Mackenzie Jorgensen, (2020 STAI CDT PhD cohort) presented the paper ‘Not So Fair: The Impact of Presumably Fair Machine Learning Models
,‘ at the 6th AAAI/ACM Conference on Artificial Intelligence, Ethics, and Society (AIES 23) in Montreal, Canada.
Mackenzie explains the focus of the paper: “Classification systems that make consequential decisions about people, like human decision-makers, are imperfect. They can learn from data that highlights societal inequities and injustices and as a result, discriminate against people from underprivileged or underrepresented groups. Bias mitigation methods aim to mitigate this discrimination in systems. In our paper, we investigated if bias mitigation methods used during training these systems actually benefit individuals from a disadvantaged group in a loan repayment use case. Some of the bias mitigated models actually resulted in more harm than benefit for that group. Our results emphasize that implementing fairness in a system is not a box checking exercise. Rather, the context, impact, and implications of different model outcomes must be taken into account when deciding what bias mitigation method to use.”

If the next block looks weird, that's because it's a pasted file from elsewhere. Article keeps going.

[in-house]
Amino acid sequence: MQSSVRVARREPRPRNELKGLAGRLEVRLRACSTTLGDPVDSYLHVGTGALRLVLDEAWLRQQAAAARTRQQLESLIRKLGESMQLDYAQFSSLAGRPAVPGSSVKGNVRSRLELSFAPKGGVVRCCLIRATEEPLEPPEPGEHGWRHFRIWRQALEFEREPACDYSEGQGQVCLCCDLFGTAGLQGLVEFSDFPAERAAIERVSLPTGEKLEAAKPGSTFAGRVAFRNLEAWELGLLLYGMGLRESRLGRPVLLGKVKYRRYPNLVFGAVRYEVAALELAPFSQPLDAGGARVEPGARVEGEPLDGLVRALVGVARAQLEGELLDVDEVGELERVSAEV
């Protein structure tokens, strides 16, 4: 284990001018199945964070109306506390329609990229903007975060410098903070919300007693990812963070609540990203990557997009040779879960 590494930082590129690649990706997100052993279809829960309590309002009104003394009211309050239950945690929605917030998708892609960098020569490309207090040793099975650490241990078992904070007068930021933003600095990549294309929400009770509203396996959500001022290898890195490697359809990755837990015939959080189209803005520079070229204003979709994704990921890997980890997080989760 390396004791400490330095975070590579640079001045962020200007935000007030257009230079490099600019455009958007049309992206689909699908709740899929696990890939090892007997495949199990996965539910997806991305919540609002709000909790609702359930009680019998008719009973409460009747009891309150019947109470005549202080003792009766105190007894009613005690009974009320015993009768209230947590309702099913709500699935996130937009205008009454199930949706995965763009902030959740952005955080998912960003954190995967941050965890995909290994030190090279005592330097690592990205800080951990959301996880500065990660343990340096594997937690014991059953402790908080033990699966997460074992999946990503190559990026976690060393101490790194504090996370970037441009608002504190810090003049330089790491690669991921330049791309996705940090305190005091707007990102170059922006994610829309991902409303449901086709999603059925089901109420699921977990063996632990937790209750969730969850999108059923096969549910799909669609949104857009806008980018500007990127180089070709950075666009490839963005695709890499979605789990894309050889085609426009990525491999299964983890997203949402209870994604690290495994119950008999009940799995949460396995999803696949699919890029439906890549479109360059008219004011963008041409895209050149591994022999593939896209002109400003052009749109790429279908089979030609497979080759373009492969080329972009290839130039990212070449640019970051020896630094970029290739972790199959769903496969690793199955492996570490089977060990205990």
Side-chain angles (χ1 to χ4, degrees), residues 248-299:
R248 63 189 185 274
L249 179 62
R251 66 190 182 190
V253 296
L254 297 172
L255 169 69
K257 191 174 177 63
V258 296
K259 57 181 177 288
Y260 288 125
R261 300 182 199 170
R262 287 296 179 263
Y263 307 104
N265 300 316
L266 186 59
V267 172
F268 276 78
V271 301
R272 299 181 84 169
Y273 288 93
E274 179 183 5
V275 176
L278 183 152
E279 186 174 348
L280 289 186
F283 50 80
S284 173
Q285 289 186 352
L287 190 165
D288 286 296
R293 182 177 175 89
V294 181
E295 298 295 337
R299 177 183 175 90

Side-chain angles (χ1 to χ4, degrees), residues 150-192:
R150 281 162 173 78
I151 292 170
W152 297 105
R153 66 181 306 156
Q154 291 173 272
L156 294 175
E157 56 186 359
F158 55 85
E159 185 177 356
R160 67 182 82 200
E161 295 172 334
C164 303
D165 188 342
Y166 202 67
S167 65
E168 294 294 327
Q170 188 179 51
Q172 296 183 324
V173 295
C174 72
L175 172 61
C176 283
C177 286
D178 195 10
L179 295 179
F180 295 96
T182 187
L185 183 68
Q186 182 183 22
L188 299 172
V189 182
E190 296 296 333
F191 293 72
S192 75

AIES 23 was Mackenzie’s third in-person conference and she loved her time in Montreal. She said, “The conference was smaller than previous ones I had attended which meant that all attendees could listen to everything and discuss the papers, panels, and talks more easily. I loved the interdisciplinary nature of the conference and the focus on the impacts of technology on our society.”
The paper is co-authored with Hannah Richert, Elizabeth Black, Natalia Criado and Jose Such. The full paper can be read here.